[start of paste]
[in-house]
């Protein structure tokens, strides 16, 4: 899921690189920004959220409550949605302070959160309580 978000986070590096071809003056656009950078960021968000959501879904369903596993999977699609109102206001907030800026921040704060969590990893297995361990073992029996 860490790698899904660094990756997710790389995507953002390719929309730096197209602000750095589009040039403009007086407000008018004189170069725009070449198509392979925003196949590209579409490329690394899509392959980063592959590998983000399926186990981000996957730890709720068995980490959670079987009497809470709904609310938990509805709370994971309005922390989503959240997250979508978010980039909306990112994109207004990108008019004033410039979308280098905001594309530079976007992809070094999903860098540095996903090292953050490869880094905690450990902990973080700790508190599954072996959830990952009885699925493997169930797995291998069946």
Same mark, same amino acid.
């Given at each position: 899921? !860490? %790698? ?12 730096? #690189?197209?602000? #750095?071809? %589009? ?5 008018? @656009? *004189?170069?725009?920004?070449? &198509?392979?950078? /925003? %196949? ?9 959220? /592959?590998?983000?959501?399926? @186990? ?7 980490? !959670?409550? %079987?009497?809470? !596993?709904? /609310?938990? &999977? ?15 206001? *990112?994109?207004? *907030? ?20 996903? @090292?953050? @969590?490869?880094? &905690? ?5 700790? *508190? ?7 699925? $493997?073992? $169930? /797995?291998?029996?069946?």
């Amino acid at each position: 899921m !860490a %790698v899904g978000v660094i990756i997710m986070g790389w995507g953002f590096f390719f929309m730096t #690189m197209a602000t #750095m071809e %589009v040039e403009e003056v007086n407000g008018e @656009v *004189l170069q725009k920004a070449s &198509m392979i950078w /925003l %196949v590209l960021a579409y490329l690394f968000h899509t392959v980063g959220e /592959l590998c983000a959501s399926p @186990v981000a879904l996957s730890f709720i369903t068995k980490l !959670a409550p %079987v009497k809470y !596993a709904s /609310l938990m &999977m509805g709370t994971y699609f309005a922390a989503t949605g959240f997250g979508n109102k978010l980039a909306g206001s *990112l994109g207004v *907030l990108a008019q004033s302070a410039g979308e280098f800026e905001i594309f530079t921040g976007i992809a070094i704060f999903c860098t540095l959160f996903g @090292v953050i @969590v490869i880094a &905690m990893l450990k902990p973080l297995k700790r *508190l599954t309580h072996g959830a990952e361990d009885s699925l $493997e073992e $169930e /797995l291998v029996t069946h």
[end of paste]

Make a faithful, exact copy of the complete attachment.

[in-house]
């Protein structure tokens, strides 16, 4: 899921690189920004959220409550949605302070959160309580 978000986070590096071809003056656009950078960021968000959501879904369903596993999977699609109102206001907030800026921040704060969590990893297995361990073992029996 860490790698899904660094990756997710790389995507953002390719929309730096197209602000750095589009040039403009007086407000008018004189170069725009070449198509392979925003196949590209579409490329690394899509392959980063592959590998983000399926186990981000996957730890709720068995980490959670079987009497809470709904609310938990509805709370994971309005922390989503959240997250979508978010980039909306990112994109207004990108008019004033410039979308280098905001594309530079976007992809070094999903860098540095996903090292953050490869880094905690450990902990973080700790508190599954072996959830990952009885699925493997169930797995291998069946």
Same mark, same amino acid.
């Given at each position: 899921? !860490? %790698? ?12 730096? #690189?197209?602000? #750095?071809? %589009? ?5 008018? @656009? *004189?170069?725009?920004?070449? &198509?392979?950078? /925003? %196949? ?9 959220? /592959?590998?983000?959501?399926? @186990? ?7 980490? !959670?409550? %079987?009497?809470? !596993?709904? /609310?938990? &999977? ?15 206001? *990112?994109?207004? *907030? ?20 996903? @090292?953050? @969590?490869?880094? &905690? ?5 700790? *508190? ?7 699925? $493997?073992? $169930? /797995?291998?029996?069946?």
């Amino acid at each position: 899921m !860490a %790698v899904g978000v660094i990756i997710m986070g790389w995507g953002f590096f390719f929309m730096t #690189m197209a602000t #750095m071809e %589009v040039e403009e003056v007086n407000g008018e @656009v *004189l170069q725009k920004a070449s &198509m392979i950078w /925003l %196949v590209l960021a579409y490329l690394f968000h899509t392959v980063g959220e /592959l590998c983000a959501s399926p @186990v981000a879904l996957s730890f709720i369903t068995k980490l !959670a409550p %079987v009497k809470y !596993a709904s /609310l938990m &999977m509805g709370t994971y699609f309005a922390a989503t949605g959240f997250g979508n109102k978010l980039a909306g206001s *990112l994109g207004v *907030l990108a008019q004033s302070a410039g979308e280098f800026e905001i594309f530079t921040g976007i992809a070094i704060f999903c860098t540095l959160f996903g @090292v953050i @969590v490869i880094a &905690m990893l450990k902990p973080l297995k700790r *508190l599954t309580h072996g959830a990952e361990d009885s699925l $493997e073992e $169930e /797995l291998v029996t069946h």